Feldman does not assist Clear Channel in its attack on the verdict as to liability. First of all, it is clear from the context of the Seventh Circuit's ruling that its comments about the competitor's privilege concerned Feldman's claim of tortious interference with prospective advantage, not his claim of tortious interference with contract. If those comments had also concerned the latter claim, there would have been no reason for the court to go on to address the question of whether Moore had knowledge of the agreement to negotiate exclusively. And even if this were somehow unclear, as noted earlier the Seventh Circuit and Illinois courts have since definitively held that competition does not provide a privilege to interfere in a contract. See supra at 11.

  Second, and more importantly for present purposes, Feldman does not stand for the proposition that sending a proposal to a party that has contracted to negotiate exclusively with someone else cannot amount to tortious interference with contract. The issue in Feldman was the defendant's knowledge of the particulars of the contractual exclusivity provision, not the sufficiency of the evidence of interference or inducement.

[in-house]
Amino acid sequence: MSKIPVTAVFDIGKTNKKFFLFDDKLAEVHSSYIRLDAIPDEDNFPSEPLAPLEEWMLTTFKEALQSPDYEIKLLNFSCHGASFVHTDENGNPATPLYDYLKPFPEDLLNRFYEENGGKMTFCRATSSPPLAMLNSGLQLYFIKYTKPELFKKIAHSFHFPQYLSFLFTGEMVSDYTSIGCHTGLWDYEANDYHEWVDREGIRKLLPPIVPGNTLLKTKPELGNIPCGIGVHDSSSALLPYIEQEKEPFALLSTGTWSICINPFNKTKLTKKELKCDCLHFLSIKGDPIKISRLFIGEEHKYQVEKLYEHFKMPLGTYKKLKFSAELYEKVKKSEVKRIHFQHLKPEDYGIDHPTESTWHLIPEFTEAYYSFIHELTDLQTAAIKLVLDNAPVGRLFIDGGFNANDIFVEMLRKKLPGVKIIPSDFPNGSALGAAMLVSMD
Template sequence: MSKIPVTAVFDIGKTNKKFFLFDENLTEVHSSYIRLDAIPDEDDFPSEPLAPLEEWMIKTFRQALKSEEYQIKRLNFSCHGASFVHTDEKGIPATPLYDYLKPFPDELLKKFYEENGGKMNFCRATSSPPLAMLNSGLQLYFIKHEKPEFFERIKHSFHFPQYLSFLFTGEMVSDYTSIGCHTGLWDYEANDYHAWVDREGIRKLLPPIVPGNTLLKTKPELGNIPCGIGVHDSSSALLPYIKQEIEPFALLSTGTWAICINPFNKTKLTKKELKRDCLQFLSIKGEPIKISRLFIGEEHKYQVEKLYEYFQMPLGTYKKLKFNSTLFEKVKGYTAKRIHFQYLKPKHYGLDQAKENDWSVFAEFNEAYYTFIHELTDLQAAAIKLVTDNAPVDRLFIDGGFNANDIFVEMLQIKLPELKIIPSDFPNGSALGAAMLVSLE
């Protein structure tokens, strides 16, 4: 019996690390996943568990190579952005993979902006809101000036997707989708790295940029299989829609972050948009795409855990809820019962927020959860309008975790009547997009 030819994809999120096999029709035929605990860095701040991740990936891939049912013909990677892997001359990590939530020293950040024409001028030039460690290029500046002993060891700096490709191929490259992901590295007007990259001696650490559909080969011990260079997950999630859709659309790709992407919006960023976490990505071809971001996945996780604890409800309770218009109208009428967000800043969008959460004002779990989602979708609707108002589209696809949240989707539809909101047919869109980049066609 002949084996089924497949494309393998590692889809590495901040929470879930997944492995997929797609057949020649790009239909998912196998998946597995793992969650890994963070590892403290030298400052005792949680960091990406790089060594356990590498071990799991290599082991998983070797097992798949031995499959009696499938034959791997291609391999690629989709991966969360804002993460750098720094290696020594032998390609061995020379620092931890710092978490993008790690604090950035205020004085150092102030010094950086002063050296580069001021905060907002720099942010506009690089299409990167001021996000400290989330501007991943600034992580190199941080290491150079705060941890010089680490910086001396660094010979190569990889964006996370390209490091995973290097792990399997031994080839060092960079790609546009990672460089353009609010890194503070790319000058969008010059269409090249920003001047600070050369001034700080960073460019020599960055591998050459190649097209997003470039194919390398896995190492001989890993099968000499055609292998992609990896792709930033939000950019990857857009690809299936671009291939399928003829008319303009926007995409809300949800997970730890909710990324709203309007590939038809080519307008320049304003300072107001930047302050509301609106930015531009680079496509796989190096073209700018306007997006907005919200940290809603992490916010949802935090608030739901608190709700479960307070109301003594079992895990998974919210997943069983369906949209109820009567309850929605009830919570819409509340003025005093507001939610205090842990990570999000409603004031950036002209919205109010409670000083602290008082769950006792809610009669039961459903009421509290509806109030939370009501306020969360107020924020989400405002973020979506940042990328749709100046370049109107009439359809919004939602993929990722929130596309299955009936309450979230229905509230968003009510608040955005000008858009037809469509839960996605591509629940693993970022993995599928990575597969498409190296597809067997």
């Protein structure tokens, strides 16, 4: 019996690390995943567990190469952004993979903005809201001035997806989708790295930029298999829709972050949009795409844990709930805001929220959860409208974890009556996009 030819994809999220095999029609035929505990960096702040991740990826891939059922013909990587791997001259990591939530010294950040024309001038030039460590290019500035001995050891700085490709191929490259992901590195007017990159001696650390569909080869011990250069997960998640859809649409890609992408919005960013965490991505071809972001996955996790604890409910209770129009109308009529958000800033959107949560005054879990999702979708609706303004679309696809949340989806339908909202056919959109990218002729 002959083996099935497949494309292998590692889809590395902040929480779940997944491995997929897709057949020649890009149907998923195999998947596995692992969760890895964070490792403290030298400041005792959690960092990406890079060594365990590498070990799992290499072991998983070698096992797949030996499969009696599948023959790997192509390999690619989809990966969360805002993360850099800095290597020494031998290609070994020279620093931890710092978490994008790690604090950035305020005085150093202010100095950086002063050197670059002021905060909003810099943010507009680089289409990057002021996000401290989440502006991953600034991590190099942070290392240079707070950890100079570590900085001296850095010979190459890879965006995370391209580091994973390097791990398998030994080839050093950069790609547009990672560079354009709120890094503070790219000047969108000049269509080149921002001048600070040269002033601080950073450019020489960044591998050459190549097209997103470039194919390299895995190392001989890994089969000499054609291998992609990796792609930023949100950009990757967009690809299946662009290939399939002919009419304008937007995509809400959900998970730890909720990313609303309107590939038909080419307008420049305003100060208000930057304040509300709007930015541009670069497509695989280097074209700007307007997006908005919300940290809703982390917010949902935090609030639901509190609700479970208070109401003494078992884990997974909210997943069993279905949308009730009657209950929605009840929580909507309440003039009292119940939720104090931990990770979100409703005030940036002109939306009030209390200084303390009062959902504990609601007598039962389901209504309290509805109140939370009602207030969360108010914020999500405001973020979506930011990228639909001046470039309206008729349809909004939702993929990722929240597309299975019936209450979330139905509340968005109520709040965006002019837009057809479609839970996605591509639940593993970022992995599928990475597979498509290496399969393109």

In any event, in this case, unlike in Feldman, ample evidence supported the jury's determination that Clear Channel knew the details of the letter of intent's exclusivity provision. First, as JamSports notes, Clear Channel concedes in its brief that after it learned of the letter of intent between JamSports and AMA Pro, it also learned that "there was likely an exclusive negotiating period." CC Mem. at 2. That is an understatement of what the evidence showed. Jeff Lewis, chairman of Clear Channel Entertainment, admitted that Rick Gray, chairman of the AMA Pro board, advised him on November 8 or 9, 2001 that the letter of intent contained a ninety-day exclusive negotiation period. Tr. 2484, 2543-45. Clear Channel suggests the evidence on this score was unclear, as AMA Pro board members said they were free to accept competing proposals. Clear Channel's basis for this argument is that Ray Blank, an AMA board member, told Lewis that AMA Pro was free to accept proposals. But Blank was not called to testify, and Lewis testified that Blank told him he had not actually read the letter of intent. Tr. 2486-87.